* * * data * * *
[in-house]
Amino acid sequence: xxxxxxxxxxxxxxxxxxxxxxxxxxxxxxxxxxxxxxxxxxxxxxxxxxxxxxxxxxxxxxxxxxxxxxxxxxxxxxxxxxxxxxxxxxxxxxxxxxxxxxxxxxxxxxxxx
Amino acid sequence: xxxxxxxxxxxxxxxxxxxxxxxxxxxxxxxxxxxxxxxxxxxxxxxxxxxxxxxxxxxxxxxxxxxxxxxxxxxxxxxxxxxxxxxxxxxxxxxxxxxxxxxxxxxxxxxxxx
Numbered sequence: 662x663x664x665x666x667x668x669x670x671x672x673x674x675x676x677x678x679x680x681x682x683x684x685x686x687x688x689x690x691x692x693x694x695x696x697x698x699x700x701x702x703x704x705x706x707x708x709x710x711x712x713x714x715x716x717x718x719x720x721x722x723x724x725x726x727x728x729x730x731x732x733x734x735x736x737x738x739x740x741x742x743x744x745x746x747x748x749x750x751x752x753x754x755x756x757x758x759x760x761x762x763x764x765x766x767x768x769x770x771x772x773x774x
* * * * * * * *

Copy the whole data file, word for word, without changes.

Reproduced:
[in-house]
Amino acid sequence: xxxxxxxxxxxxxxxxxxxxxxxxxxxxxxxxxxxxxxxxxxxxxxxxxxxxxxxxxxxxxxxxxxxxxxxxxxxxxxxxxxxxxxxxxxxxxxxxxxxxxxxxxxxxxxxxx
Amino acid sequence: xxxxxxxxxxxxxxxxxxxxxxxxxxxxxxxxxxxxxxxxxxxxxxxxxxxxxxxxxxxxxxxxxxxxxxxxxxxxxxxxxxxxxxxxxxxxxxxxxxxxxxxxxxxxxxxxxx
Numbered sequence: 662x663x664x665x666x667x668x669x670x671x672x673x674x675x676x677x678x679x680x681x682x683x684x685x686x687x688x689x690x691x692x693x694x695x696x697x698x699x700x701x702x703x704x705x706x707x708x709x710x711x712x713x714x715x716x717x718x719x720x721x722x723x724x725x726x727x728x729x730x731x732x733x734x735x736x737x738x739x740x741x742x743x744x745x746x747x748x749x750x751x752x753x754x755x756x757x758x759x760x761x762x763x764x765x766x767x768x769x770x771x772x773x774x